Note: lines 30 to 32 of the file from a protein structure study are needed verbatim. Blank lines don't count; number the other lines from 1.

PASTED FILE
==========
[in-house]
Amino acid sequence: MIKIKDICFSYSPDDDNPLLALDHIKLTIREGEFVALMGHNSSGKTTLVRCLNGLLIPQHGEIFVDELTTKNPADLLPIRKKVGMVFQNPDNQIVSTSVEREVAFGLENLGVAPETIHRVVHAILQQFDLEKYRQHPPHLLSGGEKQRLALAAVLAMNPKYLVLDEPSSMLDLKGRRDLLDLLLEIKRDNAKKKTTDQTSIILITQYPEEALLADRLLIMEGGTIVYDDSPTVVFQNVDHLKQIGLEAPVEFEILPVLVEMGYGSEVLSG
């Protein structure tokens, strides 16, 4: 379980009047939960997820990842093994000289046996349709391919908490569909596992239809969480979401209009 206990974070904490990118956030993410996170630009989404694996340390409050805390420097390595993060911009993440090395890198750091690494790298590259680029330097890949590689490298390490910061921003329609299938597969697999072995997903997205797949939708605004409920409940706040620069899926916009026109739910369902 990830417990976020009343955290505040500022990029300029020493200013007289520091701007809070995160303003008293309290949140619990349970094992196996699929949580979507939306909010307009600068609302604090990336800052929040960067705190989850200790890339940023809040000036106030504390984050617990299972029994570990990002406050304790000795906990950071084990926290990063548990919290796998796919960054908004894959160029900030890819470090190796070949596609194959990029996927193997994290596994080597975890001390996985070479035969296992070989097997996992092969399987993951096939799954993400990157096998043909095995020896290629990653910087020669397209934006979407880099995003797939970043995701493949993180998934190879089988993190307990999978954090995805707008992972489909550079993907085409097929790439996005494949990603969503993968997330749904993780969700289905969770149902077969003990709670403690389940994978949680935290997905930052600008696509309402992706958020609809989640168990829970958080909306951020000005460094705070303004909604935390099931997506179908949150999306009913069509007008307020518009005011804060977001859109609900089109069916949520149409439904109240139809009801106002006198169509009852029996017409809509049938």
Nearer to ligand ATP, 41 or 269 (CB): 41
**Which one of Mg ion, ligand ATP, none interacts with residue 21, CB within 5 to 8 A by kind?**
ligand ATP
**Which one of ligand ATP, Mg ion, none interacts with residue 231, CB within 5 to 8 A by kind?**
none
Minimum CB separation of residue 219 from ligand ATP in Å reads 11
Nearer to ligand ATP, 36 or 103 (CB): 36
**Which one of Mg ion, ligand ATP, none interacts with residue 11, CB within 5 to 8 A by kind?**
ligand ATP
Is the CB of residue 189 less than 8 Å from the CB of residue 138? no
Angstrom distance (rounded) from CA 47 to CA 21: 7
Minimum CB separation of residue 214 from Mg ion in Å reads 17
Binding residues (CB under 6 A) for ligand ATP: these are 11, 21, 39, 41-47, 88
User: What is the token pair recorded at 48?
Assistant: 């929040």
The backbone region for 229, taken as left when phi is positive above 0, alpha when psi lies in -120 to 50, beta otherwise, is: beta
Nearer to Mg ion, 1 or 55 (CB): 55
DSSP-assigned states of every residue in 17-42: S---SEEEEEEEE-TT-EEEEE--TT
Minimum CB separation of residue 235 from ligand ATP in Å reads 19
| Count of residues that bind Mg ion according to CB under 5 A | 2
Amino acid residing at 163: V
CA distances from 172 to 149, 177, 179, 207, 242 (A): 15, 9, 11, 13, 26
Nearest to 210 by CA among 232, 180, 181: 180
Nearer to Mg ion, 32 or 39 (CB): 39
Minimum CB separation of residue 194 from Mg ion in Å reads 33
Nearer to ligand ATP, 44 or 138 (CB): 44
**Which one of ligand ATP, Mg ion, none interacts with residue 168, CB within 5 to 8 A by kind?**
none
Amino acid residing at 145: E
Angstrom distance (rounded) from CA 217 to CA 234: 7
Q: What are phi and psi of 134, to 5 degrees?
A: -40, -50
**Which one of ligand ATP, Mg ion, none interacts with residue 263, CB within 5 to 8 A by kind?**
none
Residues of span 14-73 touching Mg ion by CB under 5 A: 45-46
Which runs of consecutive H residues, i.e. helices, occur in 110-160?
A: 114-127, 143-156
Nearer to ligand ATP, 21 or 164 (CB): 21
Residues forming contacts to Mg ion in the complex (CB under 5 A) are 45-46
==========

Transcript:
**Which one of ligand ATP, Mg ion, none interacts with residue 168, CB within 5 to 8 A by kind?**
none
Amino acid residing at 145: E